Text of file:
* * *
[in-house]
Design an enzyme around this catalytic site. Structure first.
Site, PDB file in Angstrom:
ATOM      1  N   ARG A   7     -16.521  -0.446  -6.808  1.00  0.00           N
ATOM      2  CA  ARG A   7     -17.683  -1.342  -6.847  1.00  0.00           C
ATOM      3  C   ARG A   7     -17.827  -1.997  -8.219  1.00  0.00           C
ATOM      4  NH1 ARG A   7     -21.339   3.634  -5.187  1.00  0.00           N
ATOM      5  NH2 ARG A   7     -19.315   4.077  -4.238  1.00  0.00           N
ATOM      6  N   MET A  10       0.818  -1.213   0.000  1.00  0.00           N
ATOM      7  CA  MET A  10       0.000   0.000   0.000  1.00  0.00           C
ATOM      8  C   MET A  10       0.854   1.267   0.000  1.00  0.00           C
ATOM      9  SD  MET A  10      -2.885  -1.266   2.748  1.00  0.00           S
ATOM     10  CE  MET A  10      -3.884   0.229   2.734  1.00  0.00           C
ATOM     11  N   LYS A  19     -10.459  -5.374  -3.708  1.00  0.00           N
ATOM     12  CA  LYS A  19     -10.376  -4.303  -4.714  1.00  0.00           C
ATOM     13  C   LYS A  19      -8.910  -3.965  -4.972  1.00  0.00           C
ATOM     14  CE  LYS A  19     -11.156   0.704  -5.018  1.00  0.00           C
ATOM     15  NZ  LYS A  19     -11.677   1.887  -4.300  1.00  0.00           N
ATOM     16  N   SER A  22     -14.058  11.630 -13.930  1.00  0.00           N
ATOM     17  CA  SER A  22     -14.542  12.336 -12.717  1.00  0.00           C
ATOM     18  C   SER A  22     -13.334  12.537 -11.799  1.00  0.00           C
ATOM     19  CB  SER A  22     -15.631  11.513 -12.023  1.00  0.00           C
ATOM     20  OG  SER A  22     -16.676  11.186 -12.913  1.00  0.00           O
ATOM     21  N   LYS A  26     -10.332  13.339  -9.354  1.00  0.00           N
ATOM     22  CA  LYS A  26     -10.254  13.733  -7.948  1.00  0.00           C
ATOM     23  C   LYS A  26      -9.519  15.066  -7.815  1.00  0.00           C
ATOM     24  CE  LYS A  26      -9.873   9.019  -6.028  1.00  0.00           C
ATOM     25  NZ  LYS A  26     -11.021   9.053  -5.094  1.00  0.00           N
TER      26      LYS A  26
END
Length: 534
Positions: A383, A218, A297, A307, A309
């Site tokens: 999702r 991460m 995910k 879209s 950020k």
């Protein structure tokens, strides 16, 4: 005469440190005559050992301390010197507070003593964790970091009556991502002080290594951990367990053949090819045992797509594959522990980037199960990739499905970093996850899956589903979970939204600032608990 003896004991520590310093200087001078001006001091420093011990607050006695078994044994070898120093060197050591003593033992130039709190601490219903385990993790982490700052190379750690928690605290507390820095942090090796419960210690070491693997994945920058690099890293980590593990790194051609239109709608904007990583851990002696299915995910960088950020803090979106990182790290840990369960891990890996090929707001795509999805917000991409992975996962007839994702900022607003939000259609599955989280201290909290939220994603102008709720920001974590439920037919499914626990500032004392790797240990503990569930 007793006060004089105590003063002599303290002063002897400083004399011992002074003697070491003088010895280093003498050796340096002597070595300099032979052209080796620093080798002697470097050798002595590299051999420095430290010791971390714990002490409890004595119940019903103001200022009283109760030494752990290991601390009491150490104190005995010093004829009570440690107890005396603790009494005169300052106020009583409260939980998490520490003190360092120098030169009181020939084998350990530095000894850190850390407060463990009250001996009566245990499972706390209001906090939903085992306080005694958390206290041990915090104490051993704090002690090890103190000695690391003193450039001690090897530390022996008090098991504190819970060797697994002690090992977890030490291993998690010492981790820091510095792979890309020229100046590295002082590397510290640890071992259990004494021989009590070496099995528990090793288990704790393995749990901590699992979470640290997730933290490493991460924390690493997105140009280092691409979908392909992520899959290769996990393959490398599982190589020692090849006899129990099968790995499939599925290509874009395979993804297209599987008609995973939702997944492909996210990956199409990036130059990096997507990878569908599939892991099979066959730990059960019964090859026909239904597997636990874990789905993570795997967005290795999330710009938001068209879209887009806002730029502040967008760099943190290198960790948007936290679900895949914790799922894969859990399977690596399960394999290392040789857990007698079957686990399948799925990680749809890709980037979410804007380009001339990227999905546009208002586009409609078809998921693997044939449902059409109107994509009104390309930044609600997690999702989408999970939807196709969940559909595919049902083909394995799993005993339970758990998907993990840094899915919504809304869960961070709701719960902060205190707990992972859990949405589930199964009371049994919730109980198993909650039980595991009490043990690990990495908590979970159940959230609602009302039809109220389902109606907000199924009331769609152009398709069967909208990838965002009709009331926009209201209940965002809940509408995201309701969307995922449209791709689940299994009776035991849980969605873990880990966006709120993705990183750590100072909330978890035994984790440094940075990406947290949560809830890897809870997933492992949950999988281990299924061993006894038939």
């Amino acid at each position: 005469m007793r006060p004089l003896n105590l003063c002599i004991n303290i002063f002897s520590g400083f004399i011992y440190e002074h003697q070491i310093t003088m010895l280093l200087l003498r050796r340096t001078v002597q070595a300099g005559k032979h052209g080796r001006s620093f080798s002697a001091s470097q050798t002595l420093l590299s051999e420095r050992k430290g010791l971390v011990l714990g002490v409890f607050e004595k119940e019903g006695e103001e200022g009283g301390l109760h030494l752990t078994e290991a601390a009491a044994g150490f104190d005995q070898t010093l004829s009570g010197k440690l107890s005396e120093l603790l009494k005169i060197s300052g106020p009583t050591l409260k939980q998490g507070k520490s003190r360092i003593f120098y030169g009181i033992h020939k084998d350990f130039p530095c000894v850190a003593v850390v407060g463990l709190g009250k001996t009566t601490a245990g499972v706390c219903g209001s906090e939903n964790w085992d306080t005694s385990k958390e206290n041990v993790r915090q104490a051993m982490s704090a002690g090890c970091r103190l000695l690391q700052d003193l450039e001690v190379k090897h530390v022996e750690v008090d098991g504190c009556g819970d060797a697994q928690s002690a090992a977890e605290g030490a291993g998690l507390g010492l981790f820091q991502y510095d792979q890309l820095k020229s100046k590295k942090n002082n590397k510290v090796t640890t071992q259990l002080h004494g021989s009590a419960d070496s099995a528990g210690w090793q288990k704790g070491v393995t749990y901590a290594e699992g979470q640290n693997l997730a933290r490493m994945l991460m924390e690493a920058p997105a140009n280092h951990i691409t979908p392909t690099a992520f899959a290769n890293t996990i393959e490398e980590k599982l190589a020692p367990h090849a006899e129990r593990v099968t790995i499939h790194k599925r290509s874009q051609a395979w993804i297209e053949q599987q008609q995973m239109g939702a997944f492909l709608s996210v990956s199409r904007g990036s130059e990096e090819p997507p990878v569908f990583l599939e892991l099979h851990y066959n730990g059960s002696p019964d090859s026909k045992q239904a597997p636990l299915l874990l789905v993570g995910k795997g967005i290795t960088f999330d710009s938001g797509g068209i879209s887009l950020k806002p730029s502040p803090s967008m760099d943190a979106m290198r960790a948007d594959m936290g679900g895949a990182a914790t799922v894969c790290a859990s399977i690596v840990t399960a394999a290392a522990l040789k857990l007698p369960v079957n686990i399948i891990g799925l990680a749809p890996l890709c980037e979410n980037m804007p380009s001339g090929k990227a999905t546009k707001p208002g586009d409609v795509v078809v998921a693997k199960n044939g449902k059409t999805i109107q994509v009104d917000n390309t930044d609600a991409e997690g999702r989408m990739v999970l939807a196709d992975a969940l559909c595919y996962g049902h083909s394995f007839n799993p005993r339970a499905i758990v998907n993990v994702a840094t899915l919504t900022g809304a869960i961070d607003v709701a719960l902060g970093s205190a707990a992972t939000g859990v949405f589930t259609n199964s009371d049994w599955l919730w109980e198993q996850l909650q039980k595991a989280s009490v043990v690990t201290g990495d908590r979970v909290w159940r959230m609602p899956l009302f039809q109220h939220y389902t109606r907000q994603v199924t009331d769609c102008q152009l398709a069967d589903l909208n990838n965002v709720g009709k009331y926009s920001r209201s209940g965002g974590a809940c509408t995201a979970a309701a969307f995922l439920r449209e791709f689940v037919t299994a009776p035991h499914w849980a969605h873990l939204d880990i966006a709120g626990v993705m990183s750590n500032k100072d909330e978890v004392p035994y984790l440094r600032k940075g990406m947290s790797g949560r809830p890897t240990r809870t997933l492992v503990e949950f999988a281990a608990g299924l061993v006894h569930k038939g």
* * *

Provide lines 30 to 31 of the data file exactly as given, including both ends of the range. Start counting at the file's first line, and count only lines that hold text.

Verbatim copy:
END
Length: 534